Real Estate Struggles: These 5 Factors Are Bringing 51% of Millennials to Literal Tears When Buying a Home

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Real Estate Witch’s 2023 Millennial Home Buyer Report did not look good for potential homebuyers in America’s largest generation. Millennials have faced an unprecedented number of obstacles when it comes to buying property, and according to those surveyed, most do not see relief coming anytime soon.

Unlike the generations before them, many millennials entered their 20s already knee-deep in debt, oftentimes due to student loans. They’ve also have to contend with incomes that have not kept pace with housing prices in many areas of the country. Add to this record inflation and little room to save, and you have the perfect recipe for disaster. 

Here are five factors that are bringing over half of millennials to tears when shopping for real estate.

High Interest Rates

Buying a house is substantially more expensive than it was just a few years ago, and millennials are feeling the pinch. According to the recent report, “Nearly half of millennials (47%) say high interest rates are a significant barrier to homeownership.” Over 80% of those surveyed said they wish they had bought a home prior to the rate increases. 

Unfortunately, mortgage rates may not be dropping much anytime soon. The record-low rates from a few years ago were historically more of an exception, rather than the norm. With 40% of millennials who were preapproved for a mortgage saying that their “rate is higher than expected,” it is unsurprising that many feel homeownership may be out of reach. 

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For millennials that did purchase homes recently, over 20% said they regretted their interest rate, and 63% plan to refinance in the future. 


Almost all (92%) of the millennials surveyed said that inflation impacted their homebuying plans. The report indicated that inflation caused them to consider buying a fixer-upper or a smaller home. Twenty-eight percent felt that inflation caused them to delay their home-purchasing plans and 36% reported that they now plan to spend more than they had originally expected. 

Lack of Savings

Another obstacle to homeownership for millennials is an overall lack of savings. Over half (54%) of those surveyed said that they have under $10,000 in savings. Even more dire, 20% reported having no savings at all. 

It makes sense, then, that 41% of millennials reported that saving for a down payment was one of their biggest barriers to homeownership. The number of millennials who anticipate putting less than 20% down to purchase a home has almost doubled in the past year. Over 60% of those surveyed said they did not plan to put the recommended amount down on a home.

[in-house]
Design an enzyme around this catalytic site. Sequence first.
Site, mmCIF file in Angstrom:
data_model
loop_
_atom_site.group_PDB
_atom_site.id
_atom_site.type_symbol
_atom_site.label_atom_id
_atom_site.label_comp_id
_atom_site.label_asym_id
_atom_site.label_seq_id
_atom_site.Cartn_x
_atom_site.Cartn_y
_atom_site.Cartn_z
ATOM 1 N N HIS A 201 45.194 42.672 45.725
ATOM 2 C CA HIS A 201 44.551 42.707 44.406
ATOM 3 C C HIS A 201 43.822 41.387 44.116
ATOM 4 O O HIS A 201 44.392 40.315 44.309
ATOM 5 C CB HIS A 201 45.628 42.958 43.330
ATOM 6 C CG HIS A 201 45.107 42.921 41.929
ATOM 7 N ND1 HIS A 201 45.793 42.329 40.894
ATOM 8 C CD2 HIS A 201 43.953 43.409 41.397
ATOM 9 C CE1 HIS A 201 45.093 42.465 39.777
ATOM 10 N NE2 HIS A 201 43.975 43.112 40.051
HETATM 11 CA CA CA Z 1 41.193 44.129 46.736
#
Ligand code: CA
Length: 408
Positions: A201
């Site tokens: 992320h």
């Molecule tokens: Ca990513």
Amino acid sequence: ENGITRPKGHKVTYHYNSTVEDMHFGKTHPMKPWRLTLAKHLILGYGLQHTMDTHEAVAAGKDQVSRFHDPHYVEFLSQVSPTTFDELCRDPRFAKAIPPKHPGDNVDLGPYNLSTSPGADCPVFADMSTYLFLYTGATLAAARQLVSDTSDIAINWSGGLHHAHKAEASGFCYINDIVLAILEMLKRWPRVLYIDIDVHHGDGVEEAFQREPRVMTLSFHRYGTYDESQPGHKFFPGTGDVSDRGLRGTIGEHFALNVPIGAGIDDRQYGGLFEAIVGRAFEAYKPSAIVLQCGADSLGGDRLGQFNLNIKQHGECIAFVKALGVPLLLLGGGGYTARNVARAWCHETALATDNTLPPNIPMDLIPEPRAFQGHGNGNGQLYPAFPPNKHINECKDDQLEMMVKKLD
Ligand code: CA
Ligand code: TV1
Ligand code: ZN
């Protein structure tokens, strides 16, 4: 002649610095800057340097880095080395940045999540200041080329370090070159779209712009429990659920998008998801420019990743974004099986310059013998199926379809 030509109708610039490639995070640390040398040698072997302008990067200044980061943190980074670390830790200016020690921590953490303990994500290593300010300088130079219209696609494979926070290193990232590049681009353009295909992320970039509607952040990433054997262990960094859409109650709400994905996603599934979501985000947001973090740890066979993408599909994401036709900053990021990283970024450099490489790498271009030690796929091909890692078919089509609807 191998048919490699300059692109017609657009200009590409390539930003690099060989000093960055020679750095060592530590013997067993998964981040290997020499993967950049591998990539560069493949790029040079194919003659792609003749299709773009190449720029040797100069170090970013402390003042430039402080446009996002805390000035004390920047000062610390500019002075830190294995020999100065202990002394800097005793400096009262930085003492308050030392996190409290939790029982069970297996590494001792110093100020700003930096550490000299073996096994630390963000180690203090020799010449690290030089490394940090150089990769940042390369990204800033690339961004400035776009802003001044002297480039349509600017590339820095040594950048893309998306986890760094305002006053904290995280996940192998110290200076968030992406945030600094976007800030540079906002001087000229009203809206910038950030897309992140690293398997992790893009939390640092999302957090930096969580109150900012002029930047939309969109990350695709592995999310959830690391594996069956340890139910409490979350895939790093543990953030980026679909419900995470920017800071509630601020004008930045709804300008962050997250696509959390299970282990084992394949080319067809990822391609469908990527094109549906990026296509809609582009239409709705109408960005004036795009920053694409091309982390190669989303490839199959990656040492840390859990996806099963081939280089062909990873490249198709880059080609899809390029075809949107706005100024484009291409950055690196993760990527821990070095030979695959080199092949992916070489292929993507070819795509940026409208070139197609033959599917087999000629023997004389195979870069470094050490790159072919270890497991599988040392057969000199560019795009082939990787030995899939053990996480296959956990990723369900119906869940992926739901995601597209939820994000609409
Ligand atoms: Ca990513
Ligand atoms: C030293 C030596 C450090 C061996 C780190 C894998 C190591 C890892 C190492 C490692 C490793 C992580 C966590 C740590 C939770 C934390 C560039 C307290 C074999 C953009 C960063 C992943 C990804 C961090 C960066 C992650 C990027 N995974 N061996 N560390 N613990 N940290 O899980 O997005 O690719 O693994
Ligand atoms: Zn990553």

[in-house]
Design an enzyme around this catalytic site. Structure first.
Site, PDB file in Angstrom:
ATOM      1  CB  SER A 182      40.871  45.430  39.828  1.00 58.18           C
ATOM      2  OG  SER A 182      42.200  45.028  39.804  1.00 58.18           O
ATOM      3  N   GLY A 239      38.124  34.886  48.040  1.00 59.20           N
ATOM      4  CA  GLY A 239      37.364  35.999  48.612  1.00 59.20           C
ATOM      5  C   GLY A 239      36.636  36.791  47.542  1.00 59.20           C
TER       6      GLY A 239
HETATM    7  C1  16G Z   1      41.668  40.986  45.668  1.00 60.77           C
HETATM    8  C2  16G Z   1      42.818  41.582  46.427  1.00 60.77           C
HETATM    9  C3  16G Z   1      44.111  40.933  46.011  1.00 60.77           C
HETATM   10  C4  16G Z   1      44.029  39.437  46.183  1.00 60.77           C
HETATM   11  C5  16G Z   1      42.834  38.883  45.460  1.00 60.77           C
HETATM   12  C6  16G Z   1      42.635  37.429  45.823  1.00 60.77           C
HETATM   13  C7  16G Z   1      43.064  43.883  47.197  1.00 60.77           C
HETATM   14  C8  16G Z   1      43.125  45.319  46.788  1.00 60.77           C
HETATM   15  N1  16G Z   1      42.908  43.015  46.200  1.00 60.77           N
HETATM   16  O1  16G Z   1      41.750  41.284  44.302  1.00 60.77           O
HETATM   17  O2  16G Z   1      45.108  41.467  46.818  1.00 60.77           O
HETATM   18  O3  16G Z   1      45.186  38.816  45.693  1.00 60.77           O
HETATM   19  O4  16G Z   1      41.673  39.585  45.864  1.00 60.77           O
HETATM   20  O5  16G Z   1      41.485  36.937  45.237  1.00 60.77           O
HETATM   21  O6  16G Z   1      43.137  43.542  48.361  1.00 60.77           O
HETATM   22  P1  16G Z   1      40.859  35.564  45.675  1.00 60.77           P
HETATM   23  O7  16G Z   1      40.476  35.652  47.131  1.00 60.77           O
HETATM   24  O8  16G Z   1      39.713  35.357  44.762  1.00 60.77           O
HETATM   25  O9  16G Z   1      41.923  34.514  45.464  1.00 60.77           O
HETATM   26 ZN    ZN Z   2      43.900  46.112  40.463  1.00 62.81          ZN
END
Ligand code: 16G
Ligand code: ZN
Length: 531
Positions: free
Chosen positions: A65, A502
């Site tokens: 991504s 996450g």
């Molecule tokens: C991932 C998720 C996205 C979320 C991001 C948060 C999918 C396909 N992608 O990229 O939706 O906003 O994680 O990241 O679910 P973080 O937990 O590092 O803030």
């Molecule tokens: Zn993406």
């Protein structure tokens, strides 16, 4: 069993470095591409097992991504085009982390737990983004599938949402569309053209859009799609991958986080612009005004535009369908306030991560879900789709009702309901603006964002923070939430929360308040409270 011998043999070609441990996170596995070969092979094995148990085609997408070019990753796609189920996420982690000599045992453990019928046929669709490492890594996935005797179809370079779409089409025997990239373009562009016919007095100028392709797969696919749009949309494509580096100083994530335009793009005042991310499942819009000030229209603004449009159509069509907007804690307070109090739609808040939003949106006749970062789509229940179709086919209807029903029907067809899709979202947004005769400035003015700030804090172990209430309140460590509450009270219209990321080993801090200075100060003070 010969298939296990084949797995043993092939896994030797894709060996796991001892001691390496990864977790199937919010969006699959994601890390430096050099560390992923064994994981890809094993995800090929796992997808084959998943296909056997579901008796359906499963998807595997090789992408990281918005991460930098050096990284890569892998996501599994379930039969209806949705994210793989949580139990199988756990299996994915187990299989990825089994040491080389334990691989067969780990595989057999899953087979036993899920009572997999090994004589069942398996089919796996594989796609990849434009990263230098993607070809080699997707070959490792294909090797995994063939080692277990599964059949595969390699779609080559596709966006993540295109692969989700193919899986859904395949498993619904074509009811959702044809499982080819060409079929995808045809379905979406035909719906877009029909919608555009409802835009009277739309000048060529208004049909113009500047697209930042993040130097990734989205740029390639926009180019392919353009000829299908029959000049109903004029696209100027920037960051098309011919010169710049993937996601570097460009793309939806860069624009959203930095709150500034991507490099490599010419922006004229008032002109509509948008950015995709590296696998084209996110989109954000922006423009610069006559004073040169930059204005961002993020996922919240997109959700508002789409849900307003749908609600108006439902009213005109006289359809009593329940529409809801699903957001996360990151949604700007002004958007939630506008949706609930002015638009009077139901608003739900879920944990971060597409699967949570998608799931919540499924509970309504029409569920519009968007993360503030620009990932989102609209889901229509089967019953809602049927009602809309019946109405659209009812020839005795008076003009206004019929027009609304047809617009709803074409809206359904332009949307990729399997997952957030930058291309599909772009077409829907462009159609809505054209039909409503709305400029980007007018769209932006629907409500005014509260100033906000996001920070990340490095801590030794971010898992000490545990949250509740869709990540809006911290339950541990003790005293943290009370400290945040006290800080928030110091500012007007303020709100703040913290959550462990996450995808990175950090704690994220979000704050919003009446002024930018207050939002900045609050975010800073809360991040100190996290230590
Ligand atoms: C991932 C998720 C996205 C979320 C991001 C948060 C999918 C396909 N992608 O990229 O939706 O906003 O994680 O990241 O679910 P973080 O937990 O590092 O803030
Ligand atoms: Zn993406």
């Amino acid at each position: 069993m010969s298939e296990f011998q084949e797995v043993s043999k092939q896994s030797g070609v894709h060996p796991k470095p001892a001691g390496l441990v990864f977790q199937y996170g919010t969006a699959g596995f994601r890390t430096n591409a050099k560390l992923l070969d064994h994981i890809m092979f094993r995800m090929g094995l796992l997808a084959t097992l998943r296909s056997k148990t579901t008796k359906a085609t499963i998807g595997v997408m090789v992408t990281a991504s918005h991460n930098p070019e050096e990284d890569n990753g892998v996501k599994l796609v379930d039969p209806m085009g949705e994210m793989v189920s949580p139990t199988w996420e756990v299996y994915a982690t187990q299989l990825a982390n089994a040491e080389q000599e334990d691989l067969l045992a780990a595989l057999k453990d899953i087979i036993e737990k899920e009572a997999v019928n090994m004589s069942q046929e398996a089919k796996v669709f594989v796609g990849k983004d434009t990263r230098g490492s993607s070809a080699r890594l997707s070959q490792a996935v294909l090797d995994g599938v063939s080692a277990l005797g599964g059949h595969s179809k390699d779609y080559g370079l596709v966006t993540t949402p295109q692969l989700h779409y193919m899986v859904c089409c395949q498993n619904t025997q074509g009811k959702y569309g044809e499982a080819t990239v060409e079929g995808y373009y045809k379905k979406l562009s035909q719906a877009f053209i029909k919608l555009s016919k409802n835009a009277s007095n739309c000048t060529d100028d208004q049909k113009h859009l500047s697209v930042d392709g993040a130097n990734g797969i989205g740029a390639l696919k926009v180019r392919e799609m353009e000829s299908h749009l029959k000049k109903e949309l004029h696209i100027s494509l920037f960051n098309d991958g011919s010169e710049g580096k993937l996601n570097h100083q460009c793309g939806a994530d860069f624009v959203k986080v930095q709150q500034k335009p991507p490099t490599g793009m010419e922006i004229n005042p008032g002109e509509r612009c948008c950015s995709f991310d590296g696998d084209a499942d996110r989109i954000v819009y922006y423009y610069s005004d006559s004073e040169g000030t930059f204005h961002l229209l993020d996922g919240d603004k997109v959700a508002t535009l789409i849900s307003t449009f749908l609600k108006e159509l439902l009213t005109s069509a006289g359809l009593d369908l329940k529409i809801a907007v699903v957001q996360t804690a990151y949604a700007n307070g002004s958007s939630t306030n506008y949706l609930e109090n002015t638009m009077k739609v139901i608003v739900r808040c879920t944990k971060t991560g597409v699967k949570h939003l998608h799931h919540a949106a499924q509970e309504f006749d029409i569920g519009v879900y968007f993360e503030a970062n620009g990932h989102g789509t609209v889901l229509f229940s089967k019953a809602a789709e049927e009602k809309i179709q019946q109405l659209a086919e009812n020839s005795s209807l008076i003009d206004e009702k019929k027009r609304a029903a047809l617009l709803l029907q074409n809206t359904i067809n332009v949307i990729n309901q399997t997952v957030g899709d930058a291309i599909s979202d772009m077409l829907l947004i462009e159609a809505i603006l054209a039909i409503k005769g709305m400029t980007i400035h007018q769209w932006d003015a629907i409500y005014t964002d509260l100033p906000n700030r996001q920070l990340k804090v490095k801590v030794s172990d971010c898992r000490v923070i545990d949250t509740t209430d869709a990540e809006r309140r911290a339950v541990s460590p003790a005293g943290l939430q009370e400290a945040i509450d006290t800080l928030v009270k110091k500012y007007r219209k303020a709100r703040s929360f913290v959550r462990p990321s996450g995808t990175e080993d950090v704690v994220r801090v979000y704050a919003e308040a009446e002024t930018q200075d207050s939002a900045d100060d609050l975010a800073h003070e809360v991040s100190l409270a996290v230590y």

As a result, many homeowners (over one-third) are working second jobs to help pay for a down payment on a home. They also report “cutting back on nonessential spending” and even going into debt in order to afford a home. 

Housing Costs

Home prices in many regions are just unaffordable and remain that way for the average American. Just under half (46%) of millennials say one of the largest obstacles to purchasing a property is that homes are too expensive. 

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While the market may have cooled slightly this year, millennials still face a number of challenges. High mortgage rates are keeping existing homeowners out of the market. Less inventory means that housing prices may not come down enough for hopeful homeowners to afford them. 

The high cost of homes has more millennials than ever saying they are willing to purchase a fixer-upper or to take risks on a home that is priced right. Many reported being willing to purchase a home with significant concerns such as mold, foundation issues and asbestos.

Debt and Other Financial Concerns

Just as a lack of savings may be causing millennials to tear up when thinking about the American dream, so does the crushing amount of debt that many of them carry. Nearly one-quarter of those surveyed said that “too much credit card debt” was one of the biggest barriers to homeownership. Nineteen percent reported having too much student debt, and 17% felt they had too much medical debt.

Although, it wasn’t just debt that had millennials concerned. Twenty-four percent were worried about the job market, and 37% had apprehension about whether their financial situation would even allow them to qualify for a mortgage.

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